Media Literacy – Young European Ambassador’s Perspective
October 27, 2020

Media Literacy – Young European Ambassador’s Perspective

As numerous high tech information solutions and media products have become widely available, one might have thought that humans would become choosier in the media content they consume; that they would be more critical of the information they receive, that they would diversify the information sources. However, indeed everyone searched for the very same content on-line that they have been watching on TV or through other traditional media. They searched and found it. Take my mom. Before we would have the internet, she was forced to watch those few Georgian TV channels that we had. Thanks to this I had been having my portion of Georgian news during a mealtime. However, once we got the internet, she went back to the Russian sources, as she is a native Russian speaker. It also was a big surprise for me that she still wishes happy 23rd of February (the day of Soviet soldiers, which later was transformed into the men’s day by a popular culture in the USSR and post-soviet space) her college and high school friends. Which languages we speak actually means a lot in terms of what kind of information do we have access to.

​Unlike the past, when we were searching for the news, now the news find us. At the media conference held in Helsinki, Finland, in December 2019, which I attended, we heard stories by the Finnish Public Broadcaster staff, how they are sharing, and adjusting the news content, wording, and language to different social media accounts in order to engage the youth. They are even looking into posting on Tiktok. As we are receiving information constantly, we burn out emotionally, but also our brains don’t have time to process and criticize the information. We are swallowing it like a fish on the rod. This is why we are even more vulnerable to disinformation.

​And there is a lot of it. Some of it actually is made for commercial purposes. For instance, we read an article on health issues, where certain medications are criticized, while others praised. It might as well be a hidden advertisement of a given brand. Photos can also be used falsely and out of context. For instance, a photo depicts militants burning up the children in Syria, while according to the caption the action is taking place in the East of Ukraine. Now with the development of artificial intelligence, it is even possible to create an original photo image, which will not be associated with anything else out of hundreds of thousands of other images on the internet within seconds. It will make it impossible to search for its original source of publication. At the media-conference in Helsinki, the attendees heard about the outcomes of fact-checking, when it was discovered that people portrayed as political analysts and experts by Russian media sources turned out to have an academic background and professional experience in Biology and other sciences not related to international relations or politics. They were simply told, what should they say on the media.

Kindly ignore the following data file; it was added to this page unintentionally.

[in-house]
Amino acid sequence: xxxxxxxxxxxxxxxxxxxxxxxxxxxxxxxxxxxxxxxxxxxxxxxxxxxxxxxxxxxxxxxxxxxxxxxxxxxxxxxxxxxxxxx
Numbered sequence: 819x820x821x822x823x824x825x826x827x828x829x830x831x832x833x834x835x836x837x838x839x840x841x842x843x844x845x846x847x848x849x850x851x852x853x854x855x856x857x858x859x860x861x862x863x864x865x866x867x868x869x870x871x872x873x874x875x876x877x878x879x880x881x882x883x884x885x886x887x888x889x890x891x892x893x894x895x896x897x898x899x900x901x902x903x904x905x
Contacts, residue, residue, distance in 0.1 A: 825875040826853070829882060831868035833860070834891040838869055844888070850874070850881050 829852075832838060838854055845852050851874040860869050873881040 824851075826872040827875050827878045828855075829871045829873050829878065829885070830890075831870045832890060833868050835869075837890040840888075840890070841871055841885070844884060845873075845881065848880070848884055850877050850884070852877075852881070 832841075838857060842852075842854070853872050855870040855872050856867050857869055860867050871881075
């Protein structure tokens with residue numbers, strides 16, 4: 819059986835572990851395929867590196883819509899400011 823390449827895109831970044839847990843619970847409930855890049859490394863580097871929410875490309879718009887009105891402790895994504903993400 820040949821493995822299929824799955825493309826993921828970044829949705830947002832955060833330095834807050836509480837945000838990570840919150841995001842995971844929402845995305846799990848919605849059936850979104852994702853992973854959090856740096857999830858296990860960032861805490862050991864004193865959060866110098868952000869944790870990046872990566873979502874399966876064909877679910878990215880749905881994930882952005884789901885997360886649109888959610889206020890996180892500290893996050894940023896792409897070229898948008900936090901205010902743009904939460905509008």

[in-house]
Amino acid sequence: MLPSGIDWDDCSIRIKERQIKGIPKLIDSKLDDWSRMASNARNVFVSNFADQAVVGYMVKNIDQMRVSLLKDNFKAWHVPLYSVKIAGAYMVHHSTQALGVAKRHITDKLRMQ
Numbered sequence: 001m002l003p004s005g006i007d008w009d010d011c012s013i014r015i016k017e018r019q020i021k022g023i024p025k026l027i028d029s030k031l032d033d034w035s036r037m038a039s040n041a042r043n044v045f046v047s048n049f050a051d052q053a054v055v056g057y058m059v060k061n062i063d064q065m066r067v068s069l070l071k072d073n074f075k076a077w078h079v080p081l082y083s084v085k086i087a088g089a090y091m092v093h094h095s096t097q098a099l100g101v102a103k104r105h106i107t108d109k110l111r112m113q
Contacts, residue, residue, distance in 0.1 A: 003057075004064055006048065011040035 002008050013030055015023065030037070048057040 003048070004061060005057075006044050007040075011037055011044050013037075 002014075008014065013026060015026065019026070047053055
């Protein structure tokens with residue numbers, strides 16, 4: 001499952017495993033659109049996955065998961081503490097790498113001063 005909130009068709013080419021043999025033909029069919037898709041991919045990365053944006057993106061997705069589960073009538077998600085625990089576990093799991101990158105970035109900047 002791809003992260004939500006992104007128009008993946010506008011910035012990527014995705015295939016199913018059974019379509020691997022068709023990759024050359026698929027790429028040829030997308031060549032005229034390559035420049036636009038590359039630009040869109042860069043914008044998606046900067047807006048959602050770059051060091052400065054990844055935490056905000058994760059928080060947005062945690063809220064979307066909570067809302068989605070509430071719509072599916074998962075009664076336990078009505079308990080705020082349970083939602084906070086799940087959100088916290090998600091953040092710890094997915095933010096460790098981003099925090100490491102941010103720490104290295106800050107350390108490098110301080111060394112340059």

​There are many questions raised around media literacy and ethics. One of them discussed at the media conference was that should an independent activist with decent opinion participate in the TV shows and debates organized by the media corporations that are prominent in spreading propaganda and disinformation. We again heard from the researchers, fact-checkers, and investigators that, for instance, on state-owned Russian TV channels the debates involving who appears to be anti-regime experts and politicians are fully staged. Namely, they invite people, who do not really oppose the government, but who are told to act as if they were. They try to choose people so that they seem to be inferior even in terms of appearance to play the role of an opponent. (they try to ensure that they look kind of short, funny, weak). When I myself was conducting a workshop on media literacy for the YEAs candidates, one of them asked if I thought that the religious preaching was disinformation. This caused a lot of discussions. I personally think that as the religions warn us right in advance that their dogmas are based on belief, not the scientific evidence, we cannot consider a religiously charged preaching a disinformation. Another question was whether or not there shall be state regulations on the social and traditional media to prevent propaganda. Again to me the freedom of information and the literacy of consumers are important tools of a healthy democracy. However bots and other non-human generated false content shall be removed. Due to the limits of human capacity, we cannot combat a technology that can speedily over-crowd the digital space with disinformation with intensity a human being will not be able to debank the lies. The bots can become opinion creators, if not regulated.

​How to direct our choices on the information market? There are few tips, even though none of them is 100 percent reliable in all situations. I for instance try not to share the links of articles, which I have not read fully. I also try not to share information instantly, as soon as the event happens. Right away we might be emotionally charged, the information might not simply be accurate as things might change a few hours later (for instance the death toll after an accident or any other details). These details are harder to correct. Besides I like to read what others have to say about something before making up my mind and having my opinion. Media literacy experts also suggest limiting our daily consumption of information. This will allow us to really think, what do we think, and not be governed by the emotions and thoughts of others. Finally checking the original source that has cited is never an extra.

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